Date of Award


Document Type

Masters Thesis

Degree Name


Organizational Unit

Daniel Felix Ritchie School of Engineering and Computer Science, Computer Science

First Advisor

Nathan Sturtevant, Ph.D.

Second Advisor

Christopher Coleman

Third Advisor

Scott Leutenegger


QWERTY keyboards, Keyboards, Mobile devices


In this thesis we explore alternative keyboard layouts in hopes of finding one that increases the accuracy of text input on mobile touchscreen devices. In particular, we investigate if a single swap of 2 keys can significantly improve accuracy on mobile touchscreen QWERTY keyboards. We do so by carefully considering the placement of keys, exploiting a specific vulnerability that occurs within a keyboard layout, namely, that the placement of particular keys next to others may be increasing errors when typing. We simulate the act of typing on a mobile touchscreen QWERTY keyboard, beginning with modeling the typographical errors that can occur when doing so. We then construct a simple autocorrector using Bayesian methods, describing how we can autocorrect user input and evaluate the ability of the keyboard to output the correct text. Then, using our models, we provide methods of testing and define a metric, the WAR rating, which provides us a way of comparing the accuracy of a keyboard layout. After running our tests on all 325 2-key swap layouts against the original QWERTY layout, we show that there exists more than one 2-key swap that increases the accuracy of the current QWERTY layout, and that the best 2-key swap is it, increasing accuracy by nearly 0.18 percent.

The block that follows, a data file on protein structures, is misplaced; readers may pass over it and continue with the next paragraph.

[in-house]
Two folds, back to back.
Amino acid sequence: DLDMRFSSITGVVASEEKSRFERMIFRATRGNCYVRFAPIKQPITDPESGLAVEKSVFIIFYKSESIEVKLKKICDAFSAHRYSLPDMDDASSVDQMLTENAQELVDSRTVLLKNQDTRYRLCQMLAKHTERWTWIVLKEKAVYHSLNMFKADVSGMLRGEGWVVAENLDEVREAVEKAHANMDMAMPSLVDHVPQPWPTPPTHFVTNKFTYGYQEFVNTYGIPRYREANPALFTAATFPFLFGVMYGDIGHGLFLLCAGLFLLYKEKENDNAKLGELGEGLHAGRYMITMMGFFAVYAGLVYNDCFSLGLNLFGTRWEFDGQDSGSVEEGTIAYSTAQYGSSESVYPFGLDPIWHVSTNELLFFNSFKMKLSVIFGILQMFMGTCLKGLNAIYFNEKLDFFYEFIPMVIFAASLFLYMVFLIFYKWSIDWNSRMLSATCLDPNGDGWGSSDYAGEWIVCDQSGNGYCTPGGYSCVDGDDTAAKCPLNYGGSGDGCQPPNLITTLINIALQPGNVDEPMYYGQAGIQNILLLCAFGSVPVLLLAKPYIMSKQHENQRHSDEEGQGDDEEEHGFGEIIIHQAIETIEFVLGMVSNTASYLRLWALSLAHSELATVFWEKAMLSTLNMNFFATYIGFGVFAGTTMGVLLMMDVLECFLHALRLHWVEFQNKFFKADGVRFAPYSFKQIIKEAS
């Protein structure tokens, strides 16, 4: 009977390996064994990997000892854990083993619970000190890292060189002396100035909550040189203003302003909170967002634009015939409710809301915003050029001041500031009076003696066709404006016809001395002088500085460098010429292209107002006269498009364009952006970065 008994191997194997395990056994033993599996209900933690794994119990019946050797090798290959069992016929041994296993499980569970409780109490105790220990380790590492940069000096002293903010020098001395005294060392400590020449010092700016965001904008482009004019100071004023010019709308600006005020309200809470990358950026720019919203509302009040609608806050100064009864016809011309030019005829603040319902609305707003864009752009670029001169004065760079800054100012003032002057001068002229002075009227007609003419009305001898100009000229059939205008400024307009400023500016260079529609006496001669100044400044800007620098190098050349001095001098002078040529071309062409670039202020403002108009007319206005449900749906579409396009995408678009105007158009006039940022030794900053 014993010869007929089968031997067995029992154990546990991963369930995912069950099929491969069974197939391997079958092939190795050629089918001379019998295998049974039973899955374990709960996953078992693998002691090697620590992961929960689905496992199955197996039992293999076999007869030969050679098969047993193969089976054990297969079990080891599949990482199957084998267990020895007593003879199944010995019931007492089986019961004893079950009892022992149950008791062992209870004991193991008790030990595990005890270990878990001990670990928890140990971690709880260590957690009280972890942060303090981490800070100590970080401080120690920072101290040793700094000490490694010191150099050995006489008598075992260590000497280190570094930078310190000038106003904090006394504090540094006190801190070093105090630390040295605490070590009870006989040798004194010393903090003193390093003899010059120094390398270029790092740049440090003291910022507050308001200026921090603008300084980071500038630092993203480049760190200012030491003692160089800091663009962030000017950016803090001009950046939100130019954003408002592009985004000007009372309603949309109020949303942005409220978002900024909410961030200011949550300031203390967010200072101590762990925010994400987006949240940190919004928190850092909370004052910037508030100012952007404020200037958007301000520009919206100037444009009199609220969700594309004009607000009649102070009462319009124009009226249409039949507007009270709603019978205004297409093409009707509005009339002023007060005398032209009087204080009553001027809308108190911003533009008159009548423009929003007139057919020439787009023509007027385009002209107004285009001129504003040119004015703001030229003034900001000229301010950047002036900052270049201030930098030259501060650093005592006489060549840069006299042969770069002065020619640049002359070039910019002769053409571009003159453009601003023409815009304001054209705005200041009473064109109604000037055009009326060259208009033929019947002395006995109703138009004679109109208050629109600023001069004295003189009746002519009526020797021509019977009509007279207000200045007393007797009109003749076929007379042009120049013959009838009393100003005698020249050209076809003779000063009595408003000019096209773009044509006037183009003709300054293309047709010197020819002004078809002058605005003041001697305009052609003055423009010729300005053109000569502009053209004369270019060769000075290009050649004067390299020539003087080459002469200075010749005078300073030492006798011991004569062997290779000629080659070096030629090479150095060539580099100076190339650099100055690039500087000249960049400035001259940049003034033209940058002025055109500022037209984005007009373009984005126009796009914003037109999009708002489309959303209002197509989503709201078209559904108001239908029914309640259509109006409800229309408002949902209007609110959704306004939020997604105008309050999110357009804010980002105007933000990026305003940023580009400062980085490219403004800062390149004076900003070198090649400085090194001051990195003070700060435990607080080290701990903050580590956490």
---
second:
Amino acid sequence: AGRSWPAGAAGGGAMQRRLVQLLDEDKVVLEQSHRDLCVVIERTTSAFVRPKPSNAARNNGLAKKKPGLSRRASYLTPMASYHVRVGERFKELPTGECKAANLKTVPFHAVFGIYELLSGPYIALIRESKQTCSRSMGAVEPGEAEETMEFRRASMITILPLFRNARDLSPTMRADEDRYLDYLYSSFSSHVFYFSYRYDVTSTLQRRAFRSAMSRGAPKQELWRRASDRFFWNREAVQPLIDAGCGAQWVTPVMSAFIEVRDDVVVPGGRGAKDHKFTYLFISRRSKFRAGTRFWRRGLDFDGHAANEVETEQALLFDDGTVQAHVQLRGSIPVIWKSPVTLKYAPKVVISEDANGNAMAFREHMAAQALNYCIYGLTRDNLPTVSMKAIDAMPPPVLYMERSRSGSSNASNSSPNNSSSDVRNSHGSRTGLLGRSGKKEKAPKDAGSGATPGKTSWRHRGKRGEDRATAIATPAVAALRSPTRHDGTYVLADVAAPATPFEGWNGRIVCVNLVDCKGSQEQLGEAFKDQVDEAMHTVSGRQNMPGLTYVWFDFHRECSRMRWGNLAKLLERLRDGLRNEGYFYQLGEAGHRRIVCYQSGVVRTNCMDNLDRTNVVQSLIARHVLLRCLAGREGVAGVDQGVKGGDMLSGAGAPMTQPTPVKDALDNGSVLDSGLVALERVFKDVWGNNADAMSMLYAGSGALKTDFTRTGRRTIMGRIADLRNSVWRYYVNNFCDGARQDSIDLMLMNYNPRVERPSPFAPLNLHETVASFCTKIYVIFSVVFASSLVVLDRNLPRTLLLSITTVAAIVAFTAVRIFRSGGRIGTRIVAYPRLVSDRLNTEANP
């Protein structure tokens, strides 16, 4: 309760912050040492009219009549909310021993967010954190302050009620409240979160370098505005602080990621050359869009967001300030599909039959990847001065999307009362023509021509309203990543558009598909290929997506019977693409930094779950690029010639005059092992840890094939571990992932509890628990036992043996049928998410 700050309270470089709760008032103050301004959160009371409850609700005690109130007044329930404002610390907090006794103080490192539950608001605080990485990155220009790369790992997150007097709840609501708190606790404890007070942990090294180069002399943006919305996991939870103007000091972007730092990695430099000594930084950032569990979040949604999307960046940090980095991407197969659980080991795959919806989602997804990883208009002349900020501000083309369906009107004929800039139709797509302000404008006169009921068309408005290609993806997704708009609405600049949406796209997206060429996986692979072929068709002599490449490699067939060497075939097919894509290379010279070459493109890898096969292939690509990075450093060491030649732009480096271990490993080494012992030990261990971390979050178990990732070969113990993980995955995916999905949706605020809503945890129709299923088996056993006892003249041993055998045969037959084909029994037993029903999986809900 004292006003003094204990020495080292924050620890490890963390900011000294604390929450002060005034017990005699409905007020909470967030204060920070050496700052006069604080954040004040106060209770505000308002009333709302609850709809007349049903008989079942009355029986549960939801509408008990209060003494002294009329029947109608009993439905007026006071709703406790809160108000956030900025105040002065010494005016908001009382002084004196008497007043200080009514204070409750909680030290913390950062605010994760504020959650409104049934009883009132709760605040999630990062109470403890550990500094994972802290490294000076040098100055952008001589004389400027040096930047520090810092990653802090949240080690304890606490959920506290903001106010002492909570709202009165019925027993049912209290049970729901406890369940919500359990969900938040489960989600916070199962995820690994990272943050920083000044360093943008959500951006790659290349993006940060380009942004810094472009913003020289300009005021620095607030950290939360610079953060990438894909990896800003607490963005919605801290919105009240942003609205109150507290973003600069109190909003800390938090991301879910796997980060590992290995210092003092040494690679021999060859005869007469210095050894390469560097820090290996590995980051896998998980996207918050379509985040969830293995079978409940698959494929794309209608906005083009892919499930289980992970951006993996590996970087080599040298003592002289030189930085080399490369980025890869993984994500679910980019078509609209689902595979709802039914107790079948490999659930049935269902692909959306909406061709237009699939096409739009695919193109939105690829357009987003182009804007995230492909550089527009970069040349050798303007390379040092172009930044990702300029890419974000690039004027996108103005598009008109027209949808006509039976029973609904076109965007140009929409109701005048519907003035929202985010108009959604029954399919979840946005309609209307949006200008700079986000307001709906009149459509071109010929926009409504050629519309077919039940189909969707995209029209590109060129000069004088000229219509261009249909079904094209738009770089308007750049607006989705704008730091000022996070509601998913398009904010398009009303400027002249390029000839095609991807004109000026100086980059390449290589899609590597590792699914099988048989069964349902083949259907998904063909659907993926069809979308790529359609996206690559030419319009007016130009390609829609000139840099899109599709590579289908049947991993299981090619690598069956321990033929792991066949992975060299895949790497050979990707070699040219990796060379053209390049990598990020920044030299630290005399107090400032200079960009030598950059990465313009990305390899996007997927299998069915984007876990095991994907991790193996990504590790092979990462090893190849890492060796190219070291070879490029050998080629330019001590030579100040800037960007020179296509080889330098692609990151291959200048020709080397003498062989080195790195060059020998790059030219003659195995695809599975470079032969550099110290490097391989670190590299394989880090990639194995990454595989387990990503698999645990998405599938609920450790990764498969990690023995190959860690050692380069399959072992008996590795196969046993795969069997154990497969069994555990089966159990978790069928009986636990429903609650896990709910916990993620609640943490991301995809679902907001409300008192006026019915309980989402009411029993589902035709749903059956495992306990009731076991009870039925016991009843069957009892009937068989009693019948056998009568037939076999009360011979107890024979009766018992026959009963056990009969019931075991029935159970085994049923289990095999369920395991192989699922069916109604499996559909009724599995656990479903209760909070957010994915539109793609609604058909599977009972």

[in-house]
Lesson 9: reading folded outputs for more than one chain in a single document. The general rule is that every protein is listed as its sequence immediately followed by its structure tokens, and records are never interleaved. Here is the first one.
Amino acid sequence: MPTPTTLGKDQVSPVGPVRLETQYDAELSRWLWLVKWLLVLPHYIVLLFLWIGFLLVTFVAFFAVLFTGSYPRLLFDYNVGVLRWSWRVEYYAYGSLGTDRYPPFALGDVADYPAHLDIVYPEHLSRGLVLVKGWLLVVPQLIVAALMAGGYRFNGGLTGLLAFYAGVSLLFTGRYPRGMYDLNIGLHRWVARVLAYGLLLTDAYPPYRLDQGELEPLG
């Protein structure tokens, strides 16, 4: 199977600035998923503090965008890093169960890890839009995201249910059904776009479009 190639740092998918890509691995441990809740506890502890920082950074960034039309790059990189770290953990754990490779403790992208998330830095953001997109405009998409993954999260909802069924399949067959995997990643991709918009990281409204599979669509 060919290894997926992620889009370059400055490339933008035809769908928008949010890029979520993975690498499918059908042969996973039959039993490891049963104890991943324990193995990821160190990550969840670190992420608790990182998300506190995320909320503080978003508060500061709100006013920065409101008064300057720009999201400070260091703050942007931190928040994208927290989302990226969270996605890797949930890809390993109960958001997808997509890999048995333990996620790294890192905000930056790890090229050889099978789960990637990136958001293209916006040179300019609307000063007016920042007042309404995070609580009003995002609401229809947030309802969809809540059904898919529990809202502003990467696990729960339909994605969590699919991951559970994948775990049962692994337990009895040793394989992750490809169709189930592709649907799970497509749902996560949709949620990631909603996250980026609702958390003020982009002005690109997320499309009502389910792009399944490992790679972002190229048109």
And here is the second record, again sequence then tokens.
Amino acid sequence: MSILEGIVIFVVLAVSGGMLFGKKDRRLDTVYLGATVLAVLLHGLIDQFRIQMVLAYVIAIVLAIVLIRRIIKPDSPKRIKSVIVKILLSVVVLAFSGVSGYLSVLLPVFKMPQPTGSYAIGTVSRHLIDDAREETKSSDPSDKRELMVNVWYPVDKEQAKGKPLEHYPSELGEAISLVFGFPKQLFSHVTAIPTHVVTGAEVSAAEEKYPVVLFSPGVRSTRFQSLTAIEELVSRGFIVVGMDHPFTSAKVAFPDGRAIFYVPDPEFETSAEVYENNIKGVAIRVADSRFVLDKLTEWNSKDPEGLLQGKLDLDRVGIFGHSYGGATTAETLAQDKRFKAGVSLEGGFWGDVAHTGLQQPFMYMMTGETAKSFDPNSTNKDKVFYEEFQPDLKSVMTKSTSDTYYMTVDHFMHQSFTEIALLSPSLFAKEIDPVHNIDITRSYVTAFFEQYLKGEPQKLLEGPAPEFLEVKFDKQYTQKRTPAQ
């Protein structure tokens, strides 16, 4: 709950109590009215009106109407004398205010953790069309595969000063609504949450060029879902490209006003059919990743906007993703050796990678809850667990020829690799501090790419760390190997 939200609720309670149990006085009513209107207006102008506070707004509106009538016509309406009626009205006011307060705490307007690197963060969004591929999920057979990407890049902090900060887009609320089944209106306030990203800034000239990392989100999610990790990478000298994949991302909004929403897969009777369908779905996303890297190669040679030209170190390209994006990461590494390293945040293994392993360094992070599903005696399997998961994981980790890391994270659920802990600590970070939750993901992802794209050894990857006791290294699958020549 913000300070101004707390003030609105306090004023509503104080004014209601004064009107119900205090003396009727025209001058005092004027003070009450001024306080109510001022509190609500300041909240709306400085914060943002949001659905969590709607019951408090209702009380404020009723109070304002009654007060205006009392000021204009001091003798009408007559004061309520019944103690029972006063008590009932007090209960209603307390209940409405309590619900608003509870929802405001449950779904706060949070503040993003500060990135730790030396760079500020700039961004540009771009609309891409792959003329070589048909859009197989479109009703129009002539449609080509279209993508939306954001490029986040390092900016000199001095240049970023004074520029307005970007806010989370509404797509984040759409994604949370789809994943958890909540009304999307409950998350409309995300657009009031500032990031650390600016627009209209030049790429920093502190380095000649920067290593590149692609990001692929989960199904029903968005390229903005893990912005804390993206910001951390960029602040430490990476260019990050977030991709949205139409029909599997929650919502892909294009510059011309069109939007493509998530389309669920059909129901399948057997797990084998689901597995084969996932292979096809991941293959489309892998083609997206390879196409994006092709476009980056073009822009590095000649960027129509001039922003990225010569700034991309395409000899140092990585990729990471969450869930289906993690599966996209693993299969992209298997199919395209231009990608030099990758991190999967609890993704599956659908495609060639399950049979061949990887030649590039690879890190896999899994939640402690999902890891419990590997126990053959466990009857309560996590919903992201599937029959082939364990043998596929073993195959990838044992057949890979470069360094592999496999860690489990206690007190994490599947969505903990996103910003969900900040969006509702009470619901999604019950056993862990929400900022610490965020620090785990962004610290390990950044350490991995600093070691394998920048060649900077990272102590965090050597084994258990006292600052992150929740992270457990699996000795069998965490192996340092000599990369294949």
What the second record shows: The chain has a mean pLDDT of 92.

Publication Statement

Copyright is held by the author. User is responsible for all copyright compliance.

Rights Holder

Amanda Kirk


Received from ProQuest

File Format




File Size

90 p.


Computer science